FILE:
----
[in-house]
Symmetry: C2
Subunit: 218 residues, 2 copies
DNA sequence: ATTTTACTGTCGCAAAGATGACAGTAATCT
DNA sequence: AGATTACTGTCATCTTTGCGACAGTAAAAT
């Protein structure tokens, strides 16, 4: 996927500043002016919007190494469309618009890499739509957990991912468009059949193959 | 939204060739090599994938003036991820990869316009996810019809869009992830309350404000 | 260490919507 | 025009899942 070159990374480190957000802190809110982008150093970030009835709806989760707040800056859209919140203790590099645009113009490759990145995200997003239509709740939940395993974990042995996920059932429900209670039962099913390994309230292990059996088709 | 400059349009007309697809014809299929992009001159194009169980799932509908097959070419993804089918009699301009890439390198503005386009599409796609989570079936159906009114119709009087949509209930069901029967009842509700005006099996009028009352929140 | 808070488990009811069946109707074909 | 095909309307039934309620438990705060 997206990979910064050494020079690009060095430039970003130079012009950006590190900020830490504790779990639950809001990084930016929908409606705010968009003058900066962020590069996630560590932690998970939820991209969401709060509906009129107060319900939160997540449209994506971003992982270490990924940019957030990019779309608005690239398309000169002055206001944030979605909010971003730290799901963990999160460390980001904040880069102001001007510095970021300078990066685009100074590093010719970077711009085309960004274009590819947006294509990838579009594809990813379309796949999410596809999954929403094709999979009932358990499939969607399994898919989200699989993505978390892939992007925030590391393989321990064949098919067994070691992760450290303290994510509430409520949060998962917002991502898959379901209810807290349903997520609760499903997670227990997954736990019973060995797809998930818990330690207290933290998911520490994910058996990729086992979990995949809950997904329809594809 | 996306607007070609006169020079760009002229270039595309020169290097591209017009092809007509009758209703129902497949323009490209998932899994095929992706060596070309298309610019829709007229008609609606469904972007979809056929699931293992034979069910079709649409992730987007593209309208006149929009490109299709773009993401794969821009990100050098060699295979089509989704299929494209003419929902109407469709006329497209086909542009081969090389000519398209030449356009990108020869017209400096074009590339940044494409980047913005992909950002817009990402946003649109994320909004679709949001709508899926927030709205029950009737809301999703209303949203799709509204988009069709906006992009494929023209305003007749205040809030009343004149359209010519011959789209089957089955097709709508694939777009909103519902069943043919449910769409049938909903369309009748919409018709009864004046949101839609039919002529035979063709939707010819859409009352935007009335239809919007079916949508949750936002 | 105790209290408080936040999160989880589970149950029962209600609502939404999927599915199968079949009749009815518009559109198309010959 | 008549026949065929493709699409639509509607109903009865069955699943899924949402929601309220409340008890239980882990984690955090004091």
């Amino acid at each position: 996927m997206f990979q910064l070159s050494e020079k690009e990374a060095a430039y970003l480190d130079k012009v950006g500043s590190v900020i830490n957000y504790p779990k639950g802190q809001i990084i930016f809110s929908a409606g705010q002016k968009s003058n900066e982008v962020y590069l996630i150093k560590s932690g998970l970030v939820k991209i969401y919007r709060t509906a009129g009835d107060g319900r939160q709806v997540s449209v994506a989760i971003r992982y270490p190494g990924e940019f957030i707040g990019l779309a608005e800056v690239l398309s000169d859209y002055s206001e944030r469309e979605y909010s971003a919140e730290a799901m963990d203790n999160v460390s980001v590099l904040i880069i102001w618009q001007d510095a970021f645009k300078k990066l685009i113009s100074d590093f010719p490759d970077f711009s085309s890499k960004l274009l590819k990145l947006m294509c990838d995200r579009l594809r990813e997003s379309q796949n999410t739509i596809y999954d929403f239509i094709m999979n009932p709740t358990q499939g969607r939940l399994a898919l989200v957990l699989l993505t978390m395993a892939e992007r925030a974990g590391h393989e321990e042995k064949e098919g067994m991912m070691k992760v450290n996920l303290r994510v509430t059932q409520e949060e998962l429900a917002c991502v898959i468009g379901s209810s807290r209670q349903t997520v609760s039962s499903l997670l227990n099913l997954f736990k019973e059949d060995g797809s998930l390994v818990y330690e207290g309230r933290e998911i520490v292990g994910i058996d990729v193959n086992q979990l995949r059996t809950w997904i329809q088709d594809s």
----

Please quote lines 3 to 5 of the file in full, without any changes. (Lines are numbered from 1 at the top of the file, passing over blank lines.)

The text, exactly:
Subunit: 218 residues, 2 copies
DNA sequence: ATTTTACTGTCGCAAAGATGACAGTAATCT
DNA sequence: AGATTACTGTCATCTTTGCGACAGTAAAAT